Movie Madness

Thanks to the Duluth Superior Film Fest, Duluth was awash in independent films last week. The event offered an interesting slice of culture and some trips down memory lane. I skipped the much-lauded reunion for the Disney movie “Iron Will,” which was shot in the region 20 years ago. I haven’t had a chance to watch it yet (!) and I had other things going on during the screening. But I did attend screenings for two other movies.

Fifty Lakes, One Island,” by Chicago-based filmmaker, George Desort, is about one of my favorite places on Earth: Isle Royale National Park. In a quest to visit each lake on this wilderness island, which is itself in the middle of a big lake (Lake Superior), Desort spent 80 nights on Isle Royale. The movie is not so much a lake-bagging countdown as it is an exploration of external and internal wilderness terrain.

Of course, the external wilderness is the island itself. Desort bushwhacked to many of the lakes, a feat complicated by wetlands and the rugged landscape, which he often negotiated carrying his kayak, camera equipment and food. The trip was made further challenging by the island’s mercurial weather and penchant for stealing things (like water shoes) strapped to the outside of packs.

Exploration of the internal wilderness comes with the isolation and lack of distractions. As the film’s Vimeo website states: “Desort’s breathtaking footage is paired with his personal, unvarnished story-telling.” He introduces this in the very first scene, in which he’s kayaking and reminiscing about how the tent he is using ties him to his sister and father. The personal narrative continues through to the end of the film where, punctuated by loon calls, Desort talks about feeling as if the island is about to unveil a great secret. Does he learn the secret? You’ll have to watch the movie to see!

The other screening was for a work-in-progress called “In Winter.” In a freewheeling discussion, local director Alex Gutterman described the process of making the movie and showed trailers and clips. Set against the starkness of a northern winter, the movie deals with the themes of class, culture, and relationships.

One of my friends is an extra and supporter of the film and it was fun to hear his experiences being involved in the production. It’s certainly not glamorous. But I think that makes a person appreciate the finishing and polishing that goes into the final product all the more. This movie is expected to make its debut in November 2013.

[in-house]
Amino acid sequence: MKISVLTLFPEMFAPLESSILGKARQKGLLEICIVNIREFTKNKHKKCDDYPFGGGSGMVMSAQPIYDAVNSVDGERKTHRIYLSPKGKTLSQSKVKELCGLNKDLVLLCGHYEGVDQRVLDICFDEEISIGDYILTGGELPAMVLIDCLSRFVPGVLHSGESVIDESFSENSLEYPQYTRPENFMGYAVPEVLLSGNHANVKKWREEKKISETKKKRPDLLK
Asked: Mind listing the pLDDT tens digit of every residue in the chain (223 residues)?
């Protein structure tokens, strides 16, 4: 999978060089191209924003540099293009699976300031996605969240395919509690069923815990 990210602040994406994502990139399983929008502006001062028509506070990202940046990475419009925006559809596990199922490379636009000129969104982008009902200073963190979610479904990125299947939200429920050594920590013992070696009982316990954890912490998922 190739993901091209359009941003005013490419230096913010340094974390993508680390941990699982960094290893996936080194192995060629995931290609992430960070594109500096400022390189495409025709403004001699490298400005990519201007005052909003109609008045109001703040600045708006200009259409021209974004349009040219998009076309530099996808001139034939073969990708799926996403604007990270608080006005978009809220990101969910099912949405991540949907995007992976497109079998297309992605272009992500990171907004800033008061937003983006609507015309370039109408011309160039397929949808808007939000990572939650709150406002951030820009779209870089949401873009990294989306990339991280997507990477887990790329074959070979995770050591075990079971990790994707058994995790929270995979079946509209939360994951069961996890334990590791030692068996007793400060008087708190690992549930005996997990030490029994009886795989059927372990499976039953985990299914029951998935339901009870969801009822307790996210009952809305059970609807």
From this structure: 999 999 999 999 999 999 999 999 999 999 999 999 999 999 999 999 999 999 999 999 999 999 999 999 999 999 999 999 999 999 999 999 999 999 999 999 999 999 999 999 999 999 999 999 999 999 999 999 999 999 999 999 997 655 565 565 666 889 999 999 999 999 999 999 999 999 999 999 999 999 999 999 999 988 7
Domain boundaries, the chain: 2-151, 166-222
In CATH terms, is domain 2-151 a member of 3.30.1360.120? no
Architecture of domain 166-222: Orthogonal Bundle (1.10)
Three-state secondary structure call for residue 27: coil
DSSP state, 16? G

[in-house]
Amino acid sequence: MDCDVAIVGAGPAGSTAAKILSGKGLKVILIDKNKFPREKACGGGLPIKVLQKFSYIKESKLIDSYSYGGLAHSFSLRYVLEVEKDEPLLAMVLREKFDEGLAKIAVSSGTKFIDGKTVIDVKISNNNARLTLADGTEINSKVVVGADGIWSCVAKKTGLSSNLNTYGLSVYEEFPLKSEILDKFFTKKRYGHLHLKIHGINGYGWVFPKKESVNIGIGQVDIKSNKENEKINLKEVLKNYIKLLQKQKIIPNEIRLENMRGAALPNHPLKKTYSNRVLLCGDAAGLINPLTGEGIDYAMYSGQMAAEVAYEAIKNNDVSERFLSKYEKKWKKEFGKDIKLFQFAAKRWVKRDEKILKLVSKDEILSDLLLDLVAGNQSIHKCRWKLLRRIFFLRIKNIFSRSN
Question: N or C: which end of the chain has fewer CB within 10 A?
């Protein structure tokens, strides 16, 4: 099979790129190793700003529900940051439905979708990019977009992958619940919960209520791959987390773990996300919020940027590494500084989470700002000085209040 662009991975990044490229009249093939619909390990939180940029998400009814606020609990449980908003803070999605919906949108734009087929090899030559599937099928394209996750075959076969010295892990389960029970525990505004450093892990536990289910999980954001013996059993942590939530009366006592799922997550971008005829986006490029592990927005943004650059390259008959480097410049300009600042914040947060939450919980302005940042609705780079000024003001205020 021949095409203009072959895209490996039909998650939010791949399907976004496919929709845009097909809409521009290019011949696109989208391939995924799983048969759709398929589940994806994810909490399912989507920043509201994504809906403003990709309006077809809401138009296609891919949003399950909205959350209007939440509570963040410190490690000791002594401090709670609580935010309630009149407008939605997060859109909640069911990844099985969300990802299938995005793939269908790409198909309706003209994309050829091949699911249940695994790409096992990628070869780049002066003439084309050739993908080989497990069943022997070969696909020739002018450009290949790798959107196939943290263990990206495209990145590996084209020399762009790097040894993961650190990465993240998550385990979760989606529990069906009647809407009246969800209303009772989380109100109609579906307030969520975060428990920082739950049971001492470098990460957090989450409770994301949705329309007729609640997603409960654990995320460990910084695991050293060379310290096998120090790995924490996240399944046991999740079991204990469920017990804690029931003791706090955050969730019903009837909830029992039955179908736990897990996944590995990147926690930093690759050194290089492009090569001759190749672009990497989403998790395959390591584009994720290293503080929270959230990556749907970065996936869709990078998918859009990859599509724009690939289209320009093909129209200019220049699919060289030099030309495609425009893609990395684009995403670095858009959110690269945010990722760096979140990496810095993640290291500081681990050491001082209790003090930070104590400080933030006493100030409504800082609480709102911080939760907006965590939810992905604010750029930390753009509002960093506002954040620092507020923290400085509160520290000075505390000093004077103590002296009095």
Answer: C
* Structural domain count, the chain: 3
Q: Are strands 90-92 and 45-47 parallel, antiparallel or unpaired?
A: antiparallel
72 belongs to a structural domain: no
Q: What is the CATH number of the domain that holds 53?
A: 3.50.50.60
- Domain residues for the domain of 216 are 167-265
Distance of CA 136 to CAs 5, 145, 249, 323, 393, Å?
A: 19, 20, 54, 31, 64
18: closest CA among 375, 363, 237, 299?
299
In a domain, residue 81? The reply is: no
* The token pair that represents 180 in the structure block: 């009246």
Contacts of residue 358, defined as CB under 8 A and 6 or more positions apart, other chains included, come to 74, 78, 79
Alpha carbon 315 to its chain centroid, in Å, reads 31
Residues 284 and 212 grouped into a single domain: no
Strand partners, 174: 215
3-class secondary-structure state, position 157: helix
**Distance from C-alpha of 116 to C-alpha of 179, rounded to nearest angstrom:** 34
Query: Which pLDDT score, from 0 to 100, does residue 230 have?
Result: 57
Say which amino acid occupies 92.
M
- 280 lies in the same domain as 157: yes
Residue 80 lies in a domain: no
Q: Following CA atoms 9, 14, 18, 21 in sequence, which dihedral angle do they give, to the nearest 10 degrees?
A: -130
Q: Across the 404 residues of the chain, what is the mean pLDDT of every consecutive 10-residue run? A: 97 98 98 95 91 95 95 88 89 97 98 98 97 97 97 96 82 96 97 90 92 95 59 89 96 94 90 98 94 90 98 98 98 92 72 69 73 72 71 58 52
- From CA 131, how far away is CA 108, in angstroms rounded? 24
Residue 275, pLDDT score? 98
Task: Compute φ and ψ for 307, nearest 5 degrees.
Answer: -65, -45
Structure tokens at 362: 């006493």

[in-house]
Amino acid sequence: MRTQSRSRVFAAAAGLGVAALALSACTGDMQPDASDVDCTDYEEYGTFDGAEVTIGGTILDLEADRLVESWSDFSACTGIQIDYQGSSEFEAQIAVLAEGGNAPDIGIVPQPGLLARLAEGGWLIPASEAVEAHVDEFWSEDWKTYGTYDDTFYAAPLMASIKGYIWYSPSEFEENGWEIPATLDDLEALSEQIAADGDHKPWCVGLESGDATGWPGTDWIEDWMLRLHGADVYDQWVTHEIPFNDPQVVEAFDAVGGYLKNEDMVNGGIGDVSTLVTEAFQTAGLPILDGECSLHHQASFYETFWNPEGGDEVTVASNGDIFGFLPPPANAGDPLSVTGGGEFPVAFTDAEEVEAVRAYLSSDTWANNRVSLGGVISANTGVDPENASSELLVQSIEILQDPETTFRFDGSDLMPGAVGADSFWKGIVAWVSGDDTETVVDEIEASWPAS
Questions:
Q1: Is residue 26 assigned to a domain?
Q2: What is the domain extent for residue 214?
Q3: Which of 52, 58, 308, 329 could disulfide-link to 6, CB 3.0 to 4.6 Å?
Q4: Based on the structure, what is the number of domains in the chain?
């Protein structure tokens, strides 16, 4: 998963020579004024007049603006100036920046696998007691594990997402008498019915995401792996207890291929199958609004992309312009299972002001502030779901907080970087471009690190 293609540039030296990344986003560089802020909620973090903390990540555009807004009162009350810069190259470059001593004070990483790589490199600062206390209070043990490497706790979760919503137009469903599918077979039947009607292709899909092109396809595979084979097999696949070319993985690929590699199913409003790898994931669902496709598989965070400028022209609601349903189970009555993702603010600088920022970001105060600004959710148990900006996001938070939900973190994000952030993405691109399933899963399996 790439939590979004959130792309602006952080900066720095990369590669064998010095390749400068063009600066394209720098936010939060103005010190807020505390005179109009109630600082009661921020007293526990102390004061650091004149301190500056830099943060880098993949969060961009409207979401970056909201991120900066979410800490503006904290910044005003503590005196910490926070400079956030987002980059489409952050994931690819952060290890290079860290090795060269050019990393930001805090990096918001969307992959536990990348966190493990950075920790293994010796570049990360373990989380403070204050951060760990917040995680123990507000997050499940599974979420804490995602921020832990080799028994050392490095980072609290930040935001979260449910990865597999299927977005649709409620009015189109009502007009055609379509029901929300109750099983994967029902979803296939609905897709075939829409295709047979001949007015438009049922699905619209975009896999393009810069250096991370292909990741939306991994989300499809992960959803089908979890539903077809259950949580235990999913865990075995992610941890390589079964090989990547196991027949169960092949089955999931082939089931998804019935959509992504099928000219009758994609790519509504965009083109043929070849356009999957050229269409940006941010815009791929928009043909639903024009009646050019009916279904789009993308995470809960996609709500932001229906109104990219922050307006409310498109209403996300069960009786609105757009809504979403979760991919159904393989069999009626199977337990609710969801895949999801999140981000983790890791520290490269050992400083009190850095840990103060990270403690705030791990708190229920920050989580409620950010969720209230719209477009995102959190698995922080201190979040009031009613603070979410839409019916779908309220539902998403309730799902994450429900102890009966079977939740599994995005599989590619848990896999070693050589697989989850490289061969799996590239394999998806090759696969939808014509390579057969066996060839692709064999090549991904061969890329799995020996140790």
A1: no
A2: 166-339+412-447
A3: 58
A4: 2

My claim to fame is that I was in a movie with Bradley Cooper. “Older Than America” was shot in nearby Cloquet, Minn., about six years ago, back before Cooper became famous for his roles in “The Hangover” and “Silver Linings Playbook,” and as “People” magazine’s Sexiest Man Alive. I never did see Mr. Cooper on set (sigh) but in my role as an extra I did get to work with the talented Tantoo Cardinal of “Dances with Wolves” fame. I had the privilege of touching her arm as I led her from a hospital room where we were “electroshocking” her niece.

English: Bradley Cooper at the 2009 Tribeca Fi...

Bradley Cooper. Credit – Wikipedia.

But enough name-dropping. The independent film deals with the fall-out from the common past practice of sending Native American children to boarding schools to acculturate them. I got to play a nurse who was assisting with the electroshocking of the aforementioned Native American lady. Although the role was not one I would have chosen, I jumped at the chance to be involved and learn more about the workings of movie production.

I suspect I got the part because I was the only one who could fit into the period nurse uniform they had. Even so, a button popped off when I put it on, and the staff seamstress had to sew it on before I could go on set. The button situation was holding up production, and the seamstress was so stressed, I thought she would stab me with her needle as she sewed while I stood there wearing the uniform. I escaped unscathed.

I learned that movie production is a lot of “hurry up and wait,” and repetition. We must have done that electroshocking scene 15 times. I felt so sorry for the actress who was writhing on the table. She expended a lot of energy! There were also some psychologists on hand who coached the actress about how a patient being electroshocked with 1950s equipment would behave.

I also learned that once you’ve served your purpose, filmmakers tend to forget you. My name does not appear in the credits and I got no notification about the local screening. I heard about it by accident and snuck in unticketed (shhhsh) in a move of stealth I’m still proud of even today. But I get to brag that I was in a movie with Bradley Cooper and I appear in the movie trailer (and the movie). Seems like payment enough.

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